Business bits

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§ At PW Comics Week, Ada Price surveys s bunch of comics retailers o see how they’re doing and the old “cautious optimism” line is used again. But “selectivity” may be the word we all deal with the most in these trying times.

Much like their customers, retailers are being very careful with ordering inventory. Thornton said that in the past he would order a book, “if it looked cool, I’d try it out. Now if I’m not 100% sure [I can sell it], I don’t order it.” Meltdown Comics’ Rosa said that rather than order 100 titles, now he only orders seventy to seventy-five. Furthermore he said he is “cautious of taking chances on new things,” so instead of ten copies of a small press book, Rosa said he will cut down and take five or six.

Forbidden Planet’s Ayers echoed the others. “I’ve tempered newer stuff and take less chances, stick to the stalwarts. I’m doing my job wrong if the store is left with lots of [unsold] stuff.” Rosa concurred. “I’d rather deal with a sell out than be stuck with an expensive product that I can’t sell.”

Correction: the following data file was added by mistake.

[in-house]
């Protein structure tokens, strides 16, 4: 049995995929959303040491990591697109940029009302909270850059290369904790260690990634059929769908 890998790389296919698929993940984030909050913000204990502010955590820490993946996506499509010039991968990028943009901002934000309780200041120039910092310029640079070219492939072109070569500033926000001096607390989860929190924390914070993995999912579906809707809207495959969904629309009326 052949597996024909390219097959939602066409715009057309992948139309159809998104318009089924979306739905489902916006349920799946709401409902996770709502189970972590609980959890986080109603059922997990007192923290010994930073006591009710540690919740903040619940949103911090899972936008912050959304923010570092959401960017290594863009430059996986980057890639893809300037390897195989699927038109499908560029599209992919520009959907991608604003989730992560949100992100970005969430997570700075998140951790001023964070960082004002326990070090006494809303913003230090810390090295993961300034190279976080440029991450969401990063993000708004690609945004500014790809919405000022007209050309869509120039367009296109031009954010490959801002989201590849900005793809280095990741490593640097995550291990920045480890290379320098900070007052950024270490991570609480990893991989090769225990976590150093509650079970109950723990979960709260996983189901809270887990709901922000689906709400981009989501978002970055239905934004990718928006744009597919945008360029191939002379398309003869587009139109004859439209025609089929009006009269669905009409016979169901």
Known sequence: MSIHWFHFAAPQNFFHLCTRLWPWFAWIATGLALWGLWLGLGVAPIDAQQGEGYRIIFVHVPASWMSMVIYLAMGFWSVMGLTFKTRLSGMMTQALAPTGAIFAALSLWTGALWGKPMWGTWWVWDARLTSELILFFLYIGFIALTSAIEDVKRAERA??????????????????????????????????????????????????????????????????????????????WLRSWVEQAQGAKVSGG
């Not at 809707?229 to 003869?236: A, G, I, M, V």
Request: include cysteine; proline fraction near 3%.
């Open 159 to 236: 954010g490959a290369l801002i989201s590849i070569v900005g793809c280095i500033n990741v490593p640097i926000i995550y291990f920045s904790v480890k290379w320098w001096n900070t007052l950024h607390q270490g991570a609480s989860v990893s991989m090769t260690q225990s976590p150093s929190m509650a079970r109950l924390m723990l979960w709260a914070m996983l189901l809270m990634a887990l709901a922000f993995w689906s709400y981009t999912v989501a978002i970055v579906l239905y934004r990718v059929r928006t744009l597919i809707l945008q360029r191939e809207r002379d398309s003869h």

The entire article is really must reading, as it covers what is selling in a variety of locales.

§ And David Welsh has a tidbit about Diamond’s delisting a bunch of Viz manga. It appears this was not Viz’s idea, however:

The same source also stressed “these manga titles are still being published, and will still available through other substantial channels such as Simon & Schuster, Baker & Taylor, Ingram, AAA Anime and others.”

UPDATE: Brigid Alverson goes straight to the source:

MangaBlog: Are these volumes going out of print?
Evelyn Dubocq: No.
MB: What other retail channels will carry them?
ED: Simon & Schuster, AAA Anime, Baker & Taylor, Ingram among others MB: Some of these series, such as Bastard and Prince of Tennis, are still ongoing.
Do you plan to continue releasing new volumes of these?
ED: There are no plans at this time for discontinuing these series

Comments

  1. Let me be the first to note: Comicbook stores will either become hobby stores, selling a variety of items to a select clientele; or they will become specialty bookstores, selling a specific format, genre, or subject. Some might even become independent bookstores, with a wide selection, specializing in a few subjects.

    There may come a day when you walk into a comicbook store, and the periodical section is not the most prominent display.

    (And I just had a crazy idea… some people are waiting for the trade… why don’t comicbook stores discount older issues in backstock?)

  2. Yup, that has already happened here in Boston: You have to hunt to find the comics at Newbury Comics.

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